Analysis of RSS and its Application in Enterprise Environment


Written on Monday, May 07, 2007 by Gemini


The confusion over what RSS actually stands for – some say ‘Rich Site Summary’, others say ‘RDF Site Summary’, the favourite is ‘Really Simple Syndication’ – is symptomatic of a technology that has only just emerged.

Until recently this lack of maturity - involving differing standards and low levels of integration - was a deterrent to its adoption by large corporations. But recent announcements show this is changing fast. Industry heavyweights, both on the web tools and content sides, are now incorporating RSS into their mainstream offerings.

News leaked out last month that Microsoft’s Internet Explorer version 7.0 will include a built-in RSS reader. Other browsers - Mozilla’s Firefox and Opera - already offer RSS as a standard feature. Microsoft had moved decisively towards adoption of RSS when, in mid-March, it began testing a Web-based RSS aggregator incorporated within MSN. This came hard on the heals of its decision to add RSS aggregation within My MSN personal home page (fed by Moreover Technologies). Yahoo and Ask Jeeves are already incorporating RSS features within their services.

Such integration is one vital precursor for widespread corporate uptake of RSS. The other is the general availability of RSS-formatted content. This has also now happened. Most major news publishers are now offering access to RSS feeds including Reuters, the Wall Street Journal, the BBC, the Financial Times and the New York Times.

The final barrier to the general uptake of RSS within corporations was the threatened emergence of two competing standards - RSS and Atom. Companies were cautious about finding themselves on the wrong side of the technology debate. But the adoption by Microsoft of RSS has now settled any uncertainty about which of the two will prevail. While the supporters of Atom may claim their format is more flexible, the decision by Microsoft to take the RSS route has settled the issue, at least from the corporate-user perspective. The scene is now set for RSS to achieve widespread acceptance as a multi-purpose tool within the daily workflow of corporations.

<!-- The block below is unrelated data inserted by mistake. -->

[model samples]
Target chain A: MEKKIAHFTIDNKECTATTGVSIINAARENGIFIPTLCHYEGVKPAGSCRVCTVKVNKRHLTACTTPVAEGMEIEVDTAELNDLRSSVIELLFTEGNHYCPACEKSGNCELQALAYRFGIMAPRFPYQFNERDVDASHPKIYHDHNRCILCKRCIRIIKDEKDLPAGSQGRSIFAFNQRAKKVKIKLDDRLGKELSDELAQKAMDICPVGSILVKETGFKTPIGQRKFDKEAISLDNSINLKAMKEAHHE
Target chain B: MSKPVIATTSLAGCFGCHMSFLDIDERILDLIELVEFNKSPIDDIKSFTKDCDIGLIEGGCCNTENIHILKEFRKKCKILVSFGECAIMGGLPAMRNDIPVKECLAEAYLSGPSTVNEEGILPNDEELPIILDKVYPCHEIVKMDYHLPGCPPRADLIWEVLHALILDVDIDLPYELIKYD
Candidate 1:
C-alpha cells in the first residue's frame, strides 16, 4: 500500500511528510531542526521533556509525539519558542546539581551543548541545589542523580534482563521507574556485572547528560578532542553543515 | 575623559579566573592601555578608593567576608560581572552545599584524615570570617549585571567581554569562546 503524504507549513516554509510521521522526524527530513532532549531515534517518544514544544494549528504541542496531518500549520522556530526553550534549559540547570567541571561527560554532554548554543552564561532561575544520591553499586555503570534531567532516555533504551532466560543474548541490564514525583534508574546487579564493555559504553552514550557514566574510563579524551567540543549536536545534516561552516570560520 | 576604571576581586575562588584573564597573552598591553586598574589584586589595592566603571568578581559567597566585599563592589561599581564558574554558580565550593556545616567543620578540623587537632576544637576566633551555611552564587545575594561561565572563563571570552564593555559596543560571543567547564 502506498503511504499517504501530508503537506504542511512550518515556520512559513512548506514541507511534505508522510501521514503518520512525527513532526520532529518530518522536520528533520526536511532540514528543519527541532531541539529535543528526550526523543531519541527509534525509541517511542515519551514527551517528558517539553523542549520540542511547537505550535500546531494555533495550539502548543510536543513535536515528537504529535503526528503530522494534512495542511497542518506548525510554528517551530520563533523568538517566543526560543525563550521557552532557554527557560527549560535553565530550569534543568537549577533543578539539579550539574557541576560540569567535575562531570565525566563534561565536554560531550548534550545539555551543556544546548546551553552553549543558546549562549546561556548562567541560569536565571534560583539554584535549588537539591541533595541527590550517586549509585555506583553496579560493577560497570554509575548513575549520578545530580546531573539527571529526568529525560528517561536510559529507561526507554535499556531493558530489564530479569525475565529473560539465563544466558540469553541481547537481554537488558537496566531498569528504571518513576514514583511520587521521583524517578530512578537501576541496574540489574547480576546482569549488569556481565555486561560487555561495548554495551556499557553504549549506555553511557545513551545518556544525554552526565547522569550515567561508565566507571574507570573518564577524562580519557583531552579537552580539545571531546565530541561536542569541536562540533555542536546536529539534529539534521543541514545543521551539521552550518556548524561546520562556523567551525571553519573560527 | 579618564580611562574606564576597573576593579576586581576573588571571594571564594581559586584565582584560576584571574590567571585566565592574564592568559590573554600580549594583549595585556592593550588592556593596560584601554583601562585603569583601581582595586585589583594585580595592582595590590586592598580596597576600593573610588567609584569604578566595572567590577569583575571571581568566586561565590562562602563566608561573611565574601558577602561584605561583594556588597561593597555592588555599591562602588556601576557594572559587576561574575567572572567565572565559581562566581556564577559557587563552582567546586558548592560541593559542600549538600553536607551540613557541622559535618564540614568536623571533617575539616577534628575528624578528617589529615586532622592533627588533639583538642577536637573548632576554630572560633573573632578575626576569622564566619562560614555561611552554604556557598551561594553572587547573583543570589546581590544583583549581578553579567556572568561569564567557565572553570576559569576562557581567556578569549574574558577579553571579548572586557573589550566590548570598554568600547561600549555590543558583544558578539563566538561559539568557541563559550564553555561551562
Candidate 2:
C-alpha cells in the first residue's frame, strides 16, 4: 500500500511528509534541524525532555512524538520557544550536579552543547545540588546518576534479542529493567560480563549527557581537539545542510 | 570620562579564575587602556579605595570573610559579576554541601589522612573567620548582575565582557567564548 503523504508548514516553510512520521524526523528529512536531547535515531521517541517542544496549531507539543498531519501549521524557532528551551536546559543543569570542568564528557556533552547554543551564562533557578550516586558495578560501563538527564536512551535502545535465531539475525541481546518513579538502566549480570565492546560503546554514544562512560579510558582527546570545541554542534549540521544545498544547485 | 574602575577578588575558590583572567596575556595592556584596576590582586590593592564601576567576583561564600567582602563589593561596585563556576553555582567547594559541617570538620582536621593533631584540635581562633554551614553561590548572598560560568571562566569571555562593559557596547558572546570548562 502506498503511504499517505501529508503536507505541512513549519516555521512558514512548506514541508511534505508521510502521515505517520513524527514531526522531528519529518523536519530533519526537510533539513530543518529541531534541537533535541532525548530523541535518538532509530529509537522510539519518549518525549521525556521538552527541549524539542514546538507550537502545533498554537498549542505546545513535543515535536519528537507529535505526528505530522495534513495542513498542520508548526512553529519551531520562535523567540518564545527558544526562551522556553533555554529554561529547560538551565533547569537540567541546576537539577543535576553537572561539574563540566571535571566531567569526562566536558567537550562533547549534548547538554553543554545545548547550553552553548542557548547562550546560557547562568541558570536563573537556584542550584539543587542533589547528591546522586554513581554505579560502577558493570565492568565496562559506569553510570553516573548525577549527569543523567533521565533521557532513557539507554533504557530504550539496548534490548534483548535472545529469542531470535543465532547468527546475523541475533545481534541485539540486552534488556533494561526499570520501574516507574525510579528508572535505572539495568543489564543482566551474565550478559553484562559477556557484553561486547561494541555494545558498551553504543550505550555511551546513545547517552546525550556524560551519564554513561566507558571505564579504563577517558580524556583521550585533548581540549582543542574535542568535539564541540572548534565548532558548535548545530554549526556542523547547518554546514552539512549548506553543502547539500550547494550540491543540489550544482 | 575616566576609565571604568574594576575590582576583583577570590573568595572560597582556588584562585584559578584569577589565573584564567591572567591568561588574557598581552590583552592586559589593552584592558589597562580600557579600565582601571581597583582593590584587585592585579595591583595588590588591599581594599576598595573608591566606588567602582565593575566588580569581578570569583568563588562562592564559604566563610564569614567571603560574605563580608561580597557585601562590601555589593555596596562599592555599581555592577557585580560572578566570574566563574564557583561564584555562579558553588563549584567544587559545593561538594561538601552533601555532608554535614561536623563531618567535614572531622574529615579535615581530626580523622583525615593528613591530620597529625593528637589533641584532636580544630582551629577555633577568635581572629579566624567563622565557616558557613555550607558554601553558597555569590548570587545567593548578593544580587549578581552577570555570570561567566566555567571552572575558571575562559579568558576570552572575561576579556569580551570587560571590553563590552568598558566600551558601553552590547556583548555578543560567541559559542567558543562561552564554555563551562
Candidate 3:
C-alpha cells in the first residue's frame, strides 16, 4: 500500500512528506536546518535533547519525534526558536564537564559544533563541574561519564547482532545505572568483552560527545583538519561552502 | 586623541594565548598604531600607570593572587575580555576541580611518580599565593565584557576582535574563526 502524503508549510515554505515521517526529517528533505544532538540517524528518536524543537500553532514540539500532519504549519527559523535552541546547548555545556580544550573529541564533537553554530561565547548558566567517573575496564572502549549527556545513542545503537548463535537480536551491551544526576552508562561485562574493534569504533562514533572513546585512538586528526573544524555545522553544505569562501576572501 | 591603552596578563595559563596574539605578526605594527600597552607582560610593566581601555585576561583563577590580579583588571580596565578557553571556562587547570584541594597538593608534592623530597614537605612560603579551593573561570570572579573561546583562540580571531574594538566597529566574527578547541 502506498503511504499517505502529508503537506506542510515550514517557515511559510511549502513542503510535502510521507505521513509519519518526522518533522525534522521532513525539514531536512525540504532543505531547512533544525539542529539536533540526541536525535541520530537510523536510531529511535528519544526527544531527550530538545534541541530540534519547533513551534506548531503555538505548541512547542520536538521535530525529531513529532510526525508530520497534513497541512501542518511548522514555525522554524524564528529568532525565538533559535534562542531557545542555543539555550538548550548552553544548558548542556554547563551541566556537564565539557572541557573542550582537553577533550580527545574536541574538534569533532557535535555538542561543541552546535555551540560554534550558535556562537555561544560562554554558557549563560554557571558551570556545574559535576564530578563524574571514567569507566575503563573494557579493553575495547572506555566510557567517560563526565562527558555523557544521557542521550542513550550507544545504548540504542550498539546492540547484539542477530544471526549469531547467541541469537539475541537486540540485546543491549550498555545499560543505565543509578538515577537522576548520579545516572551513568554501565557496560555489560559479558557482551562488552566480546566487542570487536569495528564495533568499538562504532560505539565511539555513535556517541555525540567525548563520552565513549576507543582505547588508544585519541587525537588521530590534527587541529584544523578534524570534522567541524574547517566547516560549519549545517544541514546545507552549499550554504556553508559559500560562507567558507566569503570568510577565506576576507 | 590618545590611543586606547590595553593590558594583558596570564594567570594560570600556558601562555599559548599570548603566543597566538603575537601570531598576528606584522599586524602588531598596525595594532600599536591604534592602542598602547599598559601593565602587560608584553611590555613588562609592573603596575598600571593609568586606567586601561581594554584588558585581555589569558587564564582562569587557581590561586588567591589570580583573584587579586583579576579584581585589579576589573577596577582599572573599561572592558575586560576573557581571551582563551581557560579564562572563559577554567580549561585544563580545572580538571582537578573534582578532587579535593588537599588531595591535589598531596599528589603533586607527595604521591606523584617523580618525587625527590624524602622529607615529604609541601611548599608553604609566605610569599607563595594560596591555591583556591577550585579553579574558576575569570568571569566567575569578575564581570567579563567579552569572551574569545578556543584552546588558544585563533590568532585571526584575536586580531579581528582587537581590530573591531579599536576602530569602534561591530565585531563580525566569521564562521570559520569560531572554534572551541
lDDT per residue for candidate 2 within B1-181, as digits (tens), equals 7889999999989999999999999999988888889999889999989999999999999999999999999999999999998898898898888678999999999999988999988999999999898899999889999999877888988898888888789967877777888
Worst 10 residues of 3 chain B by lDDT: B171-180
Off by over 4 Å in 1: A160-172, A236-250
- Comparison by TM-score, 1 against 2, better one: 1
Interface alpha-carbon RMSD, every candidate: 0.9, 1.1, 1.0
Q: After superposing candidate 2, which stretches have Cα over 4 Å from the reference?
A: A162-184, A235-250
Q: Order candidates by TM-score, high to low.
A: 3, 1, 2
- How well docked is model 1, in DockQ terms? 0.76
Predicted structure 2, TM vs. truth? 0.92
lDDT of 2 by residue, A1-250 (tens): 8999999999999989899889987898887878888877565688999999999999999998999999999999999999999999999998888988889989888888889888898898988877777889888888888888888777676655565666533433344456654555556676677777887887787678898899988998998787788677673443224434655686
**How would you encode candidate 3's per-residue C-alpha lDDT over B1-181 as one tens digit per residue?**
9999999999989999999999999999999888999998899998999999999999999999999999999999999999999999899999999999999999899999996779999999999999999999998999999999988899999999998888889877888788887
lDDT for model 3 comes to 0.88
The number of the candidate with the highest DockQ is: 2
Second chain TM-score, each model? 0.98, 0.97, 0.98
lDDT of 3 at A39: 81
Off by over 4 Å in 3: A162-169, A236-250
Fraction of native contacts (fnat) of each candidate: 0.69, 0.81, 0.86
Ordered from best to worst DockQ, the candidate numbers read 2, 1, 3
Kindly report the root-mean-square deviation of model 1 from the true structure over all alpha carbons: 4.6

The technology behind RSS is well tested, having emerged from Netscape in 1997. RSS is an XML format that describes a channel of information. This contains titles and links that lead back to an original article. Typically the XML document is made available on a web server and can be pulled down by an RSS reader (sometimes called an aggregator).

In the case of document authors, once they have published their content online − usually to a website or blog −they are required to create an RSS file (also called an RSS feed) which includes headlines, links, summaries and, sometimes, the full text. The publisher then creates the link to the RSS file on his or her website and advertises the fact, usually with an orange RSS or XML button. Most blogging tools automate the RSS feed creation process.

To access an RSS feed it is necessary to have access to an RSS reader. Users can either utilize the readers provided as standard in browsers or portals or download one separately. Some of the most popular are provided by NewsGator, FeedDemon, Bloglines and Pluck.

Once the user has opened the link to the RSS feed, the reader will automatically add the feed to a list of feeds subscribed to by the user. The reader then automatically rechecks the RSS files in the user’s list − according to a schedule defined by the user − to see whether new content has been added. In some readers an alerting feature flags that new content is available.

Estimates of the number of live feeds available vary widely, but it is thought to be somewhere between 5 and 10 million – and growing fast. The momentum now exists for all internet-based publishers to start utilising the format.

If you enjoyed this post Subscribe to our feed